Writer: George Gladir
Pencils: Stan Goldberg
Inking: Mike Esposito
Original Publication: Betty’s Diary, No. 17
Cover Date: June, 1988
Length: 5 pages
I’m sorry for doing a quickie this week, but I want to devote extra attention to something pretty neat for next week’s review.
This week, I’ve decided to review another story from the “Betty’s Diary” series.
Betty muses about how, these days, “almost every teen” complains about stress. However, Betty feels, if one anticipates problem situations and plans ahead, stress can be eliminated.
As an example, she uses “Big” Ethel always complaining about the hassle of getting to school on time. The “poor girl” uses up all of her energy just getting to school, so she’s drained before the school day even begins. Betty wishes Ethel would learn to set her alarm like her to avoid the stress. Here’s something odd. Ethel wakes up at 8:25. After quickly getting dressed and grabbing her books, she just misses the school bus. Betty sets her alarm for 7:00. Why so early?
For her next example, Betty uses Veronica getting out of the shower and stumbling and sliding to her bedroom’s phone, stressing over the idea that it might be “important” (to a teen), only to discover it’s a wrong number. Haha, the days before cell phones. In a similar situation, Betty takes a bubble bath and doesn’t panic when her phone rings, reasoning they’ll call back if it’s important.
Betty’s next diary box is mistakenly not colored in. For her next example, Betty uses Archie stressing and cramming the night before an exam (while the TV and boombox are on). As Betty passes by Ethel’s (first-floor) bedroom window, Ethel is studying and asking Betty about it. Betty says she finished studying yesterday and believes in relaxing the night before an exam.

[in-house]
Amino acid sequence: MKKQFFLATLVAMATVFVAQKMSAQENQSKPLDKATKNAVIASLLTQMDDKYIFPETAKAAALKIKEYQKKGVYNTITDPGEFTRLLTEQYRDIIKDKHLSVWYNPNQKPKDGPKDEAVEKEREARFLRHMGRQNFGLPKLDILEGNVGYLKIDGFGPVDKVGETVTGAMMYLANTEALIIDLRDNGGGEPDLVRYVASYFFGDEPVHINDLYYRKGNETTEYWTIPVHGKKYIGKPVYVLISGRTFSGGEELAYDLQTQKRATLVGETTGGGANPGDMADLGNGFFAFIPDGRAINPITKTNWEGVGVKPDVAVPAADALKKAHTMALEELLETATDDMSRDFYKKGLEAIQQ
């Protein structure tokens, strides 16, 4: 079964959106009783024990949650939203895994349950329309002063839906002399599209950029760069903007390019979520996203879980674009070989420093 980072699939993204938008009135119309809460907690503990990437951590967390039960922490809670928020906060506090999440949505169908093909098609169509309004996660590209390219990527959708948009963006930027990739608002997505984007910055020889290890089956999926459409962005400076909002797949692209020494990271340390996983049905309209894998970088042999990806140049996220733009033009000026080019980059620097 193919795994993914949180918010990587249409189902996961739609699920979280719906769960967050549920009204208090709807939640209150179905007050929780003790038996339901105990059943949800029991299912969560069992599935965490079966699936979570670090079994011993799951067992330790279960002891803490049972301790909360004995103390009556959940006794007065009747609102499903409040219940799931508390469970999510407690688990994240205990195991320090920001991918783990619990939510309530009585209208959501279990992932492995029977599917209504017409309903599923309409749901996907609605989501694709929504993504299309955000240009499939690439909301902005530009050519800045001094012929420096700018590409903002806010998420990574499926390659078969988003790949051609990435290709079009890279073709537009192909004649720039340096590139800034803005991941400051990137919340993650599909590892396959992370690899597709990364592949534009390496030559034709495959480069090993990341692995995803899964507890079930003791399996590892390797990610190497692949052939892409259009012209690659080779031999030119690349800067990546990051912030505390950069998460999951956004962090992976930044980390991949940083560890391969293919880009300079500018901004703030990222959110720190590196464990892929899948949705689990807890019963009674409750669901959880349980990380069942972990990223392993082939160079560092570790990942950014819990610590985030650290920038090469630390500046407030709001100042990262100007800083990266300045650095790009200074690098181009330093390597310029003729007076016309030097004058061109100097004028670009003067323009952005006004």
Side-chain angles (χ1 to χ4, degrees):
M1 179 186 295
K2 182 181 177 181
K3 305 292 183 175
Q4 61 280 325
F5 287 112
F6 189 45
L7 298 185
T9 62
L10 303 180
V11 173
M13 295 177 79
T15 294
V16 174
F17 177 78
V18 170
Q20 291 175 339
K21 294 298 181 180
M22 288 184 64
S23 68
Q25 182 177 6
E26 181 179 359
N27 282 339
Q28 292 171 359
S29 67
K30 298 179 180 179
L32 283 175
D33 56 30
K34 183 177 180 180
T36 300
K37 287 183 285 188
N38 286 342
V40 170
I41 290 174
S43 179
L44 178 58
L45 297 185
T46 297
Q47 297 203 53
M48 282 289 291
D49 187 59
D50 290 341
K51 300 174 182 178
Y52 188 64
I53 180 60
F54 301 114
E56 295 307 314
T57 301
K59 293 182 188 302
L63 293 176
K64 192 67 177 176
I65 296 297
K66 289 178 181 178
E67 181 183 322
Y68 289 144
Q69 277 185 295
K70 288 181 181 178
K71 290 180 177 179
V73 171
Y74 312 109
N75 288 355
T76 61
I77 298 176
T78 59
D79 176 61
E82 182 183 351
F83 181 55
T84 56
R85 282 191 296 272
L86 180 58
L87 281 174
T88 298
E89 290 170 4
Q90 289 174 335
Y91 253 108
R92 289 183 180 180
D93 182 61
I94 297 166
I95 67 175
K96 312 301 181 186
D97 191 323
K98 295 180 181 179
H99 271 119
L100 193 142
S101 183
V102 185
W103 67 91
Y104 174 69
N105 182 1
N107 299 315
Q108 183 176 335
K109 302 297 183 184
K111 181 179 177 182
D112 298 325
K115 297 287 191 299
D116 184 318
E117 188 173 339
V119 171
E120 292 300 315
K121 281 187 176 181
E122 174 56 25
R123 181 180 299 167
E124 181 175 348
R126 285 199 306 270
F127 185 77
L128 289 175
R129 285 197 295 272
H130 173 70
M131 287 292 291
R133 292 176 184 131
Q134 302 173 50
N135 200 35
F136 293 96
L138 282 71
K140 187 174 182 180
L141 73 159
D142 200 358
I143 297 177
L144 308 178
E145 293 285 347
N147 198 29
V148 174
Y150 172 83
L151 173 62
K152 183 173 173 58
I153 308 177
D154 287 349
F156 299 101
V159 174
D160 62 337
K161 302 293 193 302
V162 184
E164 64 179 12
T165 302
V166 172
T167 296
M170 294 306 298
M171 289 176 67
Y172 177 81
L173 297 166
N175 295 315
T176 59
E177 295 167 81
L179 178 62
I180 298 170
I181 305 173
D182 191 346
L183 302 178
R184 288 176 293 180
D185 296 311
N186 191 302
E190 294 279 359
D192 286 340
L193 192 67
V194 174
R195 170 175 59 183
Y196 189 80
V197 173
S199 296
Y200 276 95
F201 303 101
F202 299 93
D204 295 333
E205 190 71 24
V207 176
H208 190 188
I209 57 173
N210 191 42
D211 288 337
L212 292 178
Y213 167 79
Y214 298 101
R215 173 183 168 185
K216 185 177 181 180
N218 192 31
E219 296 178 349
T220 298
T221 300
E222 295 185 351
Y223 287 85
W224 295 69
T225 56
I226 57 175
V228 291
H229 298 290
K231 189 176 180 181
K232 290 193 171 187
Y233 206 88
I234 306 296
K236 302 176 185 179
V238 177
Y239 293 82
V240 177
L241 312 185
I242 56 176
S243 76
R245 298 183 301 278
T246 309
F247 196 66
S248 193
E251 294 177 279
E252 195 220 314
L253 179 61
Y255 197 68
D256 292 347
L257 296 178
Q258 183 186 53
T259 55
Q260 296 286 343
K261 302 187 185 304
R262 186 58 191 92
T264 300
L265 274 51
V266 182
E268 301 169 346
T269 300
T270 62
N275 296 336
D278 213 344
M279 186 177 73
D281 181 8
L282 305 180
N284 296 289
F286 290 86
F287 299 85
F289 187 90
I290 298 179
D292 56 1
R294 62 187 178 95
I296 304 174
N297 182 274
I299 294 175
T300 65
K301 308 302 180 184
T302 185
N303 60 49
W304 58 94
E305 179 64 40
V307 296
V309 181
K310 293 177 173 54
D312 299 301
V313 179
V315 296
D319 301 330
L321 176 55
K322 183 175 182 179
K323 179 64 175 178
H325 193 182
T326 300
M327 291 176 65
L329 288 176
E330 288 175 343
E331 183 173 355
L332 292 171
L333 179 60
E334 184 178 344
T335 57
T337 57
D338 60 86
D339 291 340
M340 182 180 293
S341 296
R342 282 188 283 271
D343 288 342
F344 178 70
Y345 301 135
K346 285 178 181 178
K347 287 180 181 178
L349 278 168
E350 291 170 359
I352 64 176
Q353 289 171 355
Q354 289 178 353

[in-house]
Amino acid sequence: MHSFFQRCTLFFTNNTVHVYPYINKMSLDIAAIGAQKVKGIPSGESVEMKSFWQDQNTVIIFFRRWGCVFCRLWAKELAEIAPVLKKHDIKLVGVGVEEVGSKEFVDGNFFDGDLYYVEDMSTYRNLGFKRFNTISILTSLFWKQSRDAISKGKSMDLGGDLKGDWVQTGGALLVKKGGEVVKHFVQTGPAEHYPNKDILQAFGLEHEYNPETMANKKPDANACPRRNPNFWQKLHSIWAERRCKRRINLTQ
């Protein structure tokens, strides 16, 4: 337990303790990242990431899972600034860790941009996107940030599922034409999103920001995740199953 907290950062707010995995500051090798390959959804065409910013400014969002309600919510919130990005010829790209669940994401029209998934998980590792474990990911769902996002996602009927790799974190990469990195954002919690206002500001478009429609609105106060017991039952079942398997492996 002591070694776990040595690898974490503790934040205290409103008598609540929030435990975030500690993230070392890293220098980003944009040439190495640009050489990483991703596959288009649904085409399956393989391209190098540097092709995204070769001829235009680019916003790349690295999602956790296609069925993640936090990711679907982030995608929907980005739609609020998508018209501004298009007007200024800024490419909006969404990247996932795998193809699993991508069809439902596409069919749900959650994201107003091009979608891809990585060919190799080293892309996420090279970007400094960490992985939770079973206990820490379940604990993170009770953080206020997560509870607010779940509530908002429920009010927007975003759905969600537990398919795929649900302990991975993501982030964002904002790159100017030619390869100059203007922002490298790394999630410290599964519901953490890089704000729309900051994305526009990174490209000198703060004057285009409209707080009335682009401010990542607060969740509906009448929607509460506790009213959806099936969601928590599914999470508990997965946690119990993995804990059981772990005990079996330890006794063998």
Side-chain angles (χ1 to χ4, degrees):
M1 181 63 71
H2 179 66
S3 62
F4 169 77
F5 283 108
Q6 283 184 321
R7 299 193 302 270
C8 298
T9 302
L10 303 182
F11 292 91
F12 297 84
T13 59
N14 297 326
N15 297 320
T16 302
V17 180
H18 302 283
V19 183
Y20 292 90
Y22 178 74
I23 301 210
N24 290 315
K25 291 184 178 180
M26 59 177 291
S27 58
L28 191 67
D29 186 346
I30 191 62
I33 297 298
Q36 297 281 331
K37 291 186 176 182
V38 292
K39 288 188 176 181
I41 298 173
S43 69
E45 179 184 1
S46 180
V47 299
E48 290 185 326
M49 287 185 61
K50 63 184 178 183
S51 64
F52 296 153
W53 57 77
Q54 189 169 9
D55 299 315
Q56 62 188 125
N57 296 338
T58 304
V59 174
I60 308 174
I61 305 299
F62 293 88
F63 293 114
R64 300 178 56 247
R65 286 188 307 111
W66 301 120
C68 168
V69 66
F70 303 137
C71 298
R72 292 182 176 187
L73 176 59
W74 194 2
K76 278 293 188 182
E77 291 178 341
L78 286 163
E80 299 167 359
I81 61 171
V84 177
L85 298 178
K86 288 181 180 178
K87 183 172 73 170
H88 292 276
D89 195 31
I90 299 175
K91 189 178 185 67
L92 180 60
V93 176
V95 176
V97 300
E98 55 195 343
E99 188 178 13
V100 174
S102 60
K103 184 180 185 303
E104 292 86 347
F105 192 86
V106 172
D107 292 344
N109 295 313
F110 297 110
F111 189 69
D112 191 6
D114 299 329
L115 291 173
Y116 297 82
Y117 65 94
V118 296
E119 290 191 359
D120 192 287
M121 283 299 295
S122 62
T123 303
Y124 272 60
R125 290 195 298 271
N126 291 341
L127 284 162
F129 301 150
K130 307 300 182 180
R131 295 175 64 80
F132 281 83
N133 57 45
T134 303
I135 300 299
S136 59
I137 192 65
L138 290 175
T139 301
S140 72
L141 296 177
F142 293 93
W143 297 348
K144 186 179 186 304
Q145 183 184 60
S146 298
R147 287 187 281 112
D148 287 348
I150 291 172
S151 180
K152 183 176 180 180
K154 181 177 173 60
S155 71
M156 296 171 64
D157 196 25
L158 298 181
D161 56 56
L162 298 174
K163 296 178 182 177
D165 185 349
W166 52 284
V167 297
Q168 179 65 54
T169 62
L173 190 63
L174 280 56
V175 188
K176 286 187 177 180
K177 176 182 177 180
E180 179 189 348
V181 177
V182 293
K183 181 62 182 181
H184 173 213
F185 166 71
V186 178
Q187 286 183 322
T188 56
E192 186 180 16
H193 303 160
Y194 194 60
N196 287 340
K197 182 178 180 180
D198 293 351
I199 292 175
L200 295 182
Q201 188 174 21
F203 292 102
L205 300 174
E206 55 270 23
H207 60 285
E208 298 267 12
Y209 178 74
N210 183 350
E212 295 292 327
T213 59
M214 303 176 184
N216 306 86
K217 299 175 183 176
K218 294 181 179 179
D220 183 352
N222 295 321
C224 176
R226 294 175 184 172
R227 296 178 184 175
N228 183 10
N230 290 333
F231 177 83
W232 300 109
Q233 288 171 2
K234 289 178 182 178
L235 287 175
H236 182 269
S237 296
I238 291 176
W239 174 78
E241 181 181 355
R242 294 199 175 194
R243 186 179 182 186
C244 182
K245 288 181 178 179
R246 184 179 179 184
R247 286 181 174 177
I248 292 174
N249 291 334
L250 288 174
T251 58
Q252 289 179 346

For her next example (set in Pop’s), Betty uses Midge stressing over Moose not having asked her to the dance yet. Betty tells her to relax, because Midge is the only girl in Moose’s life. Midge asks Betty if it bothers her that Archie asked Veronica. Betty admits it does but then says she’s attractive and is sure that some other boy will ask her. That’s a rare bit of vanity on Betty’s part. Sure enough, at that very moment, a guy named Roger comes over and asks Betty to the spring dance, and she accepts. Betty feels justified, but Midge says it doesn’t help her. Moose comes by and asks if he forgot to ask Midge to the dance (Moose’s hair is colored more brown in this panel). Midge tells the dumbass yes. As Moose leaves, Betty tells Midge that she worked herself up over nothing. Midge admits it but then freaks out over having nothing to wear to the dance, which is a few days away. Betty is like “WTF?”
The story concludes with Betty worrying over having no problems, her life being “too perfect”, and a potential, unknown “something” that might ruin it.
She goes downstairs and stares out the living room window at the full moon and a bright star. As Alice and Hal watch her, Alice says Betty seems so restless and fidgety “lately” (despite the fact that Betty only just now started worrying). Hal (whose hair was white during this time) guesses it must be stress; he hears there’s a lot of it going around.
This story is pretty good. It has a cute ending. I was worried that Betty would end up stressing over Archie or something equally stupid, but that didn’t happen.
Tune in next Wednesday!
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